Atlantic Online | September 2009 | How American Health Care Kille... http://www.theatlantic.com/doc/print/200909/health-care?x

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    kill nearly 200,000 patients per year. How did Americans learn to accept hundreds of thousands of deaths from minor

    medical mistakes as an inevitability?

    My survivors grief has taken the form of an obsession with our health-care system. For more than a year, Ive been reading

    as much as I can get my hands on, talking to doctors and patients, and asking a lot of questions.

    Keeping Dad company in the hospital for five weeks had left me befuddled. How can a facility featuring state-of-the-art

    diagnostic equipment use less-sophisticated information technology than my local sushi bar? How can the ICU stress the

    importance of sterility when its trash is picked up once daily, and only after flowing onto the floor of a patients room?

    Considering the importance of a patients frame of mind to recovery, why are the rooms so cheerless and uncomfortable? In

    whose interest is the bizarre scheduling of hospital shifts, so that a five-week stay brings an endless string of new personnel

    assigned to a patients care? Why, in other words, has this technologically advanced hospital missed out on the revolution in

    quality control and customer service that has swept all other consumer-facing industries in the past two generations?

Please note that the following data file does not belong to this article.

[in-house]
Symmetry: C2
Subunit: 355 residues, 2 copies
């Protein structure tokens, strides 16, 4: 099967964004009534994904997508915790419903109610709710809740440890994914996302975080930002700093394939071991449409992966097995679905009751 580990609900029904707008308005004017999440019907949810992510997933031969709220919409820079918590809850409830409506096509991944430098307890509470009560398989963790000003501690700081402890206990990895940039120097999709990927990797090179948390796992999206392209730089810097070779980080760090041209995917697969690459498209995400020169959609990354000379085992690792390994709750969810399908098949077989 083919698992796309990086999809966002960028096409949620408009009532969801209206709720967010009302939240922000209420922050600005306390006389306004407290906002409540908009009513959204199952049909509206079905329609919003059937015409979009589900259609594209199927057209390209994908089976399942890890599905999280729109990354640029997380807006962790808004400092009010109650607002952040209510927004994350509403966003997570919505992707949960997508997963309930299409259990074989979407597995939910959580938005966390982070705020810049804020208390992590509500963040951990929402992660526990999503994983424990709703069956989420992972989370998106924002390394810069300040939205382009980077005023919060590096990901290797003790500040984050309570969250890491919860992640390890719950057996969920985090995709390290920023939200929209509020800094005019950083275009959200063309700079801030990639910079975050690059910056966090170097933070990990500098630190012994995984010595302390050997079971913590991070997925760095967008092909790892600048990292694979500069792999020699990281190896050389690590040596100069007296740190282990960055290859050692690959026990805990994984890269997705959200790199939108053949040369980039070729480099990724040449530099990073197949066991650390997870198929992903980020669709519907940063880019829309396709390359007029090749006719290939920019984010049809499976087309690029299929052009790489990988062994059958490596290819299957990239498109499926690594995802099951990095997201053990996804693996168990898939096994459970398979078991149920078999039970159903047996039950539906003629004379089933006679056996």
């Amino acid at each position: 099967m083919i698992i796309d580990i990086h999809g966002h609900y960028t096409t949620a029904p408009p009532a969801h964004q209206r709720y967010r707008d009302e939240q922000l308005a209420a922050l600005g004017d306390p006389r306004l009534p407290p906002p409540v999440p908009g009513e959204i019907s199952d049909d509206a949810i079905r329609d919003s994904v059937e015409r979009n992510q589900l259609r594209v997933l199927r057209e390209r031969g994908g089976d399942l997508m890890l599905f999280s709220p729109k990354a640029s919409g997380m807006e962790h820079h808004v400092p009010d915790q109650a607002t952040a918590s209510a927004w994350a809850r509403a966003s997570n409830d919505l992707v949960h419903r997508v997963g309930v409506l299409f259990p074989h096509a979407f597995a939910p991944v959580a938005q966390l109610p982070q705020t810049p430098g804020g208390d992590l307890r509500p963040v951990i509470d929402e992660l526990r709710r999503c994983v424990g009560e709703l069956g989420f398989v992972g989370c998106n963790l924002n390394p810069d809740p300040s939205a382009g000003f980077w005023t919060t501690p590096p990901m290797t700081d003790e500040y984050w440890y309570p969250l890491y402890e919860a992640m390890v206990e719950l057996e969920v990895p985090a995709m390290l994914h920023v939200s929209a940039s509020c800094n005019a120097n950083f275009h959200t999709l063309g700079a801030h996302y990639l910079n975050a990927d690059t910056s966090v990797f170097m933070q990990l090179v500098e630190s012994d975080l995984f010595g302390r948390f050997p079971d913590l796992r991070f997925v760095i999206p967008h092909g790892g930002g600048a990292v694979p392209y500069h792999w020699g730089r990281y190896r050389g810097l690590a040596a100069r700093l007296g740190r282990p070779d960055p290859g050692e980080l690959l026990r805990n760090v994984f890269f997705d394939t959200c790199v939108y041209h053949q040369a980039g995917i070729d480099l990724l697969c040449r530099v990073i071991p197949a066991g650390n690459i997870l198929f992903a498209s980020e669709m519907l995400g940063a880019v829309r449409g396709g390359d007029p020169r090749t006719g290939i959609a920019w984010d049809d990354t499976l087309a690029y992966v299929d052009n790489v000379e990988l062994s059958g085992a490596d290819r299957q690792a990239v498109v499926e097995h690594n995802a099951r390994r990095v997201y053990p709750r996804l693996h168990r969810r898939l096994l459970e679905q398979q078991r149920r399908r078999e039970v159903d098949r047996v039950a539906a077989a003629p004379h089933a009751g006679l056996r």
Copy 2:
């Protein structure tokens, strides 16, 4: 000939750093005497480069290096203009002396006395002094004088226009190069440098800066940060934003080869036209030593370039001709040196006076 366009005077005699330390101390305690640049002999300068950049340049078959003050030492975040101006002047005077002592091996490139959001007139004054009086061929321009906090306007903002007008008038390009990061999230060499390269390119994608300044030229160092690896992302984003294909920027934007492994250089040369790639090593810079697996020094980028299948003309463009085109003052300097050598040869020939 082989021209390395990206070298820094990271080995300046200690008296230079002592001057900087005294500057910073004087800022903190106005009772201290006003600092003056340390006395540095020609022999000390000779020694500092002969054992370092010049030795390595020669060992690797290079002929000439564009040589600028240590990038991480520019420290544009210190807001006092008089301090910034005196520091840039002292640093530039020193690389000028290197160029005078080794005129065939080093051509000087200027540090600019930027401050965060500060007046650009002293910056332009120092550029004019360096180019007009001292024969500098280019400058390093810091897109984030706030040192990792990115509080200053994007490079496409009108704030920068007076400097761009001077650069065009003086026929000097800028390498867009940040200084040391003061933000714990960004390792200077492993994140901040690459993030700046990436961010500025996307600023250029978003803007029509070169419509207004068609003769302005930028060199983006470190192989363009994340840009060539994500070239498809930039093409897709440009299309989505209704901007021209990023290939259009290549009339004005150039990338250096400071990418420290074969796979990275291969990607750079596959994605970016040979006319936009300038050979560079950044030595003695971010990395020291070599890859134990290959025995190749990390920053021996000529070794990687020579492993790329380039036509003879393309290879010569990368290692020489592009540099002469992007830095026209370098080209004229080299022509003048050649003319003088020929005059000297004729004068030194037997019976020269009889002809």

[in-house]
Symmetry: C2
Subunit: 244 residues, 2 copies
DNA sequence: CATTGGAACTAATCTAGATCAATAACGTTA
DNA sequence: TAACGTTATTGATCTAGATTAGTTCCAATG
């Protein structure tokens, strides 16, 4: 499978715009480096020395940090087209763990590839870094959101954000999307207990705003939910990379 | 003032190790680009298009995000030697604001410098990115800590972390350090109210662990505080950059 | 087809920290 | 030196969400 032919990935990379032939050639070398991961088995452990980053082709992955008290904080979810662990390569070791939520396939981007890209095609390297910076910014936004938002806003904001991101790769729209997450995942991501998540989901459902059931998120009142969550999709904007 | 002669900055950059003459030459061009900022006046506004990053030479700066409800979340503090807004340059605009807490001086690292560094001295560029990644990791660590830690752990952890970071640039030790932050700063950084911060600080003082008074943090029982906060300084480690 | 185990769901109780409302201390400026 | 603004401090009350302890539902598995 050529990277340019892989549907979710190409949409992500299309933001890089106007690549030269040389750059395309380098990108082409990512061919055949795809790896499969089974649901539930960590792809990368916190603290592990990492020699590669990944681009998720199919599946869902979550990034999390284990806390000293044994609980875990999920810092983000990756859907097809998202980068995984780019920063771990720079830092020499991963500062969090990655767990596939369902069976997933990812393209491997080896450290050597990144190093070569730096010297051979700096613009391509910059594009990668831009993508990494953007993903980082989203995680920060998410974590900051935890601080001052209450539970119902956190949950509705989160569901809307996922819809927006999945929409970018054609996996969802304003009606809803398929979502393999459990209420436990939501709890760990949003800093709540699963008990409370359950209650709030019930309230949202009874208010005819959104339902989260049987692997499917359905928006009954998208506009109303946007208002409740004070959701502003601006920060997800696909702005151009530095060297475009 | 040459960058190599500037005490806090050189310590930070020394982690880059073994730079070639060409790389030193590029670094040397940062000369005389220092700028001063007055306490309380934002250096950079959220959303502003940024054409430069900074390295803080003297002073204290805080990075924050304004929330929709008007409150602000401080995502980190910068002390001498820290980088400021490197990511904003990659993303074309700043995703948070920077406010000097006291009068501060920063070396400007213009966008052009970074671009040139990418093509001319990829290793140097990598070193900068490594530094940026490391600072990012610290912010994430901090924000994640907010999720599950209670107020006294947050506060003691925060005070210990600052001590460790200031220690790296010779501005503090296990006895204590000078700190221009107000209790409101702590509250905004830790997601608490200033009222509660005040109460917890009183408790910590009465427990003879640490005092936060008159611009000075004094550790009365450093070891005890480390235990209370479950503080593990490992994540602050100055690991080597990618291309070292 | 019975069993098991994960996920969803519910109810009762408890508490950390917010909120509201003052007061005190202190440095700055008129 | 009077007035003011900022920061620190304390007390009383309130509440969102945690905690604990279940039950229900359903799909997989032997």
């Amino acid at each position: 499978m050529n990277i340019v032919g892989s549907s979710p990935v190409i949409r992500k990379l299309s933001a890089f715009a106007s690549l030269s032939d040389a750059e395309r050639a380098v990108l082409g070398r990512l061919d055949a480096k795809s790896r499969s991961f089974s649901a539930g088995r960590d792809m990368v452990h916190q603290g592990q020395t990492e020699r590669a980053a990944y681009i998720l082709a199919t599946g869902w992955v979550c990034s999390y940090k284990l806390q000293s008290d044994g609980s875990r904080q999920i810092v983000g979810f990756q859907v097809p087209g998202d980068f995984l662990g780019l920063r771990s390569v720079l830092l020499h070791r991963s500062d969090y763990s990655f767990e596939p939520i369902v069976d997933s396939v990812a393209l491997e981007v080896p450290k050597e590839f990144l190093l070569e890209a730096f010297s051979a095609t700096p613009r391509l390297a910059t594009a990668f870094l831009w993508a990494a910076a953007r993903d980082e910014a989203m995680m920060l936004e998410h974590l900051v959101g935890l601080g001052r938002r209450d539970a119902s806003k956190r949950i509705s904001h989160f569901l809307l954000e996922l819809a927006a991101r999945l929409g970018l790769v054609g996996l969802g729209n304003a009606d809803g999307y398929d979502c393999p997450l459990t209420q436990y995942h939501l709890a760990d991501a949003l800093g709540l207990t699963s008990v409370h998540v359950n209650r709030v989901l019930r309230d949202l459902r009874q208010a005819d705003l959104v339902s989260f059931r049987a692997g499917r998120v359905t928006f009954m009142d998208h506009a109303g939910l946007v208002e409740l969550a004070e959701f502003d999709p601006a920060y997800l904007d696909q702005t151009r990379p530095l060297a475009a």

Im a businessman, and in no sense a health-care expert. But the persistence of bad industry practicesfrom long lines at the

    doctors office to ever-rising prices to astonishing numbers of preventable deathsseems beyond all normal logic, and must

    have an underlying cause. There needs to be a business reasonwhy an industry, year in and year out, would be able to get

    away with poor customer service, unaffordable prices, and uneven resultsa reason my father and so many others areunnecessarily killed.

    Like every grieving family member, I looked for someone to blame for my fathers death. But my dads doctors werent

    incompetenton the contrary, his hospital physicians were smart, thoughtful, and hard-working. Nor is he dead because of

    indifferent nursingwithout exception, his nurses were dedicated and compassionate. Nor from financial limitationshe

    was a Medicare patient, and the issue of expense was never once raised. There were no greedy pharmaceutical companies,

    evil health insurers, or other popular villains in his particular tragedy.

    Indeed, I suspect that our collective search for villainsfor someone to blamehas distracted us and our political leaders

    from addressing the fundamental causes of our nations health-care crisis. All of the actors in health carefrom doctors toinsurers to pharmaceutical companieswork in a heavily regulated, massively subsidized industry full of structural

    distortions. They all want to serve patients well. But they also all behave rationally in response to the economic incentives

    those distortions create. Accidentally, but relentlessly, America has built a health-care system with incentives that inexorably

    generate terrible and perverse results. Incentives that emphasize health care over any other aspect of health and well-being.